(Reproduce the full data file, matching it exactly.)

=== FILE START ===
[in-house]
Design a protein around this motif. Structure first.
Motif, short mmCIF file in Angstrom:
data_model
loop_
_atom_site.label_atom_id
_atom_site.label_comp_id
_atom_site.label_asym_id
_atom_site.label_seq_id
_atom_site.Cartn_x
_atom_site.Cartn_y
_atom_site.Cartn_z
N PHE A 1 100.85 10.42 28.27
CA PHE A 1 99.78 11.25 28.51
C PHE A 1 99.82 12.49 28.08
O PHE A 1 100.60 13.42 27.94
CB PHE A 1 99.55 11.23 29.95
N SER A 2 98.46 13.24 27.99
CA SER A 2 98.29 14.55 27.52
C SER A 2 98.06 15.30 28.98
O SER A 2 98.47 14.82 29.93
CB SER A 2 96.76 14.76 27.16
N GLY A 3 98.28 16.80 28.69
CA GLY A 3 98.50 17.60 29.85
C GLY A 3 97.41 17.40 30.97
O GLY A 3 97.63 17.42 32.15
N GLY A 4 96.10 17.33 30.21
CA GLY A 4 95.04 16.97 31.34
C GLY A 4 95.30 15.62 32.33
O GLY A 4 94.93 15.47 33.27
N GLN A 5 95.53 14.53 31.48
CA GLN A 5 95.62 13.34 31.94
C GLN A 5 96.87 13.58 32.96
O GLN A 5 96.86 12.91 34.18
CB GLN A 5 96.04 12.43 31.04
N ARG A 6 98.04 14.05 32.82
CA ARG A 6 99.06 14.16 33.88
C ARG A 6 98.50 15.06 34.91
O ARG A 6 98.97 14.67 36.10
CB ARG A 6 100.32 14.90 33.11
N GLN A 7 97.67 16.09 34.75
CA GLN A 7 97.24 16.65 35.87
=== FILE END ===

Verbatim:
[in-house]
Design a protein around this motif. Structure first.
Motif, short mmCIF file in Angstrom:
data_model
loop_
_atom_site.label_atom_id
_atom_site.label_comp_id
_atom_site.label_asym_id
_atom_site.label_seq_id
_atom_site.Cartn_x
_atom_site.Cartn_y
_atom_site.Cartn_z
N PHE A 1 100.85 10.42 28.27
CA PHE A 1 99.78 11.25 28.51
C PHE A 1 99.82 12.49 28.08
O PHE A 1 100.60 13.42 27.94
CB PHE A 1 99.55 11.23 29.95
N SER A 2 98.46 13.24 27.99
CA SER A 2 98.29 14.55 27.52
C SER A 2 98.06 15.30 28.98
O SER A 2 98.47 14.82 29.93
CB SER A 2 96.76 14.76 27.16
N GLY A 3 98.28 16.80 28.69
CA GLY A 3 98.50 17.60 29.85
C GLY A 3 97.41 17.40 30.97
O GLY A 3 97.63 17.42 32.15
N GLY A 4 96.10 17.33 30.21
CA GLY A 4 95.04 16.97 31.34
C GLY A 4 95.30 15.62 32.33
O GLY A 4 94.93 15.47 33.27
N GLN A 5 95.53 14.53 31.48
CA GLN A 5 95.62 13.34 31.94
C GLN A 5 96.87 13.58 32.96
O GLN A 5 96.86 12.91 34.18
CB GLN A 5 96.04 12.43 31.04
N ARG A 6 98.04 14.05 32.82
CA ARG A 6 99.06 14.16 33.88
C ARG A 6 98.50 15.06 34.91
O ARG A 6 98.97 14.67 36.10
CB ARG A 6 100.32 14.90 33.11
N GLN A 7 97.67 16.09 34.75
CA GLN A 7 97.24 16.65 35.87